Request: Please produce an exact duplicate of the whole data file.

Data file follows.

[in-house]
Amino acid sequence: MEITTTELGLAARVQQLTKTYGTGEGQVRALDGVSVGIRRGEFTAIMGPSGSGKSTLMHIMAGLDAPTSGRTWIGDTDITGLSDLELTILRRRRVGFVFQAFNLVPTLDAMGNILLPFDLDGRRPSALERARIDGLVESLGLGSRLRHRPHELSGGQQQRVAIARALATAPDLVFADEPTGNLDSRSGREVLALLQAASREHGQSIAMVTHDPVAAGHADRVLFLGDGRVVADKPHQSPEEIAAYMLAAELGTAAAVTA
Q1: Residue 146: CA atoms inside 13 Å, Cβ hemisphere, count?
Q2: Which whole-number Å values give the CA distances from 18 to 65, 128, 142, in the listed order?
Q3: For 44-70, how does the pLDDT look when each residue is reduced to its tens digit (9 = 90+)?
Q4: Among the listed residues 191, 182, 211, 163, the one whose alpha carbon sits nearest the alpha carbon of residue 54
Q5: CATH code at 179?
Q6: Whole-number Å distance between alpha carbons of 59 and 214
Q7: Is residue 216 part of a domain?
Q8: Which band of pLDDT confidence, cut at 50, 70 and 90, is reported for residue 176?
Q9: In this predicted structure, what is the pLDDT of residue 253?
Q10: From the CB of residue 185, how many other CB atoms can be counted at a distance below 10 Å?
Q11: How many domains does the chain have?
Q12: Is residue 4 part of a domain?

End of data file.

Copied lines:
[in-house]
Amino acid sequence: MEITTTELGLAARVQQLTKTYGTGEGQVRALDGVSVGIRRGEFTAIMGPSGSGKSTLMHIMAGLDAPTSGRTWIGDTDITGLSDLELTILRRRRVGFVFQAFNLVPTLDAMGNILLPFDLDGRRPSALERARIDGLVESLGLGSRLRHRPHELSGGQQQRVAIARALATAPDLVFADEPTGNLDSRSGREVLALLQAASREHGQSIAMVTHDPVAAGHADRVLFLGDGRVVADKPHQSPEEIAAYMLAAELGTAAAVTA
Q1: Residue 146: CA atoms inside 13 Å, Cβ hemisphere, count?
Q2: Which whole-number Å values give the CA distances from 18 to 65, 128, 142, in the listed order?
Q3: For 44-70, how does the pLDDT look when each residue is reduced to its tens digit (9 = 90+)?
Q4: Among the listed residues 191, 182, 211, 163, the one whose alpha carbon sits nearest the alpha carbon of residue 54
Q5: CATH code at 179?
Q6: Whole-number Å distance between alpha carbons of 59 and 214
Q7: Is residue 216 part of a domain?
Q8: Which band of pLDDT confidence, cut at 50, 70 and 90, is reported for residue 176?
Q9: In this predicted structure, what is the pLDDT of residue 253?
Q10: From the CB of residue 185, how many other CB atoms can be counted at a distance below 10 Å?
Q11: How many domains does the chain have?
Q12: Is residue 4 part of a domain?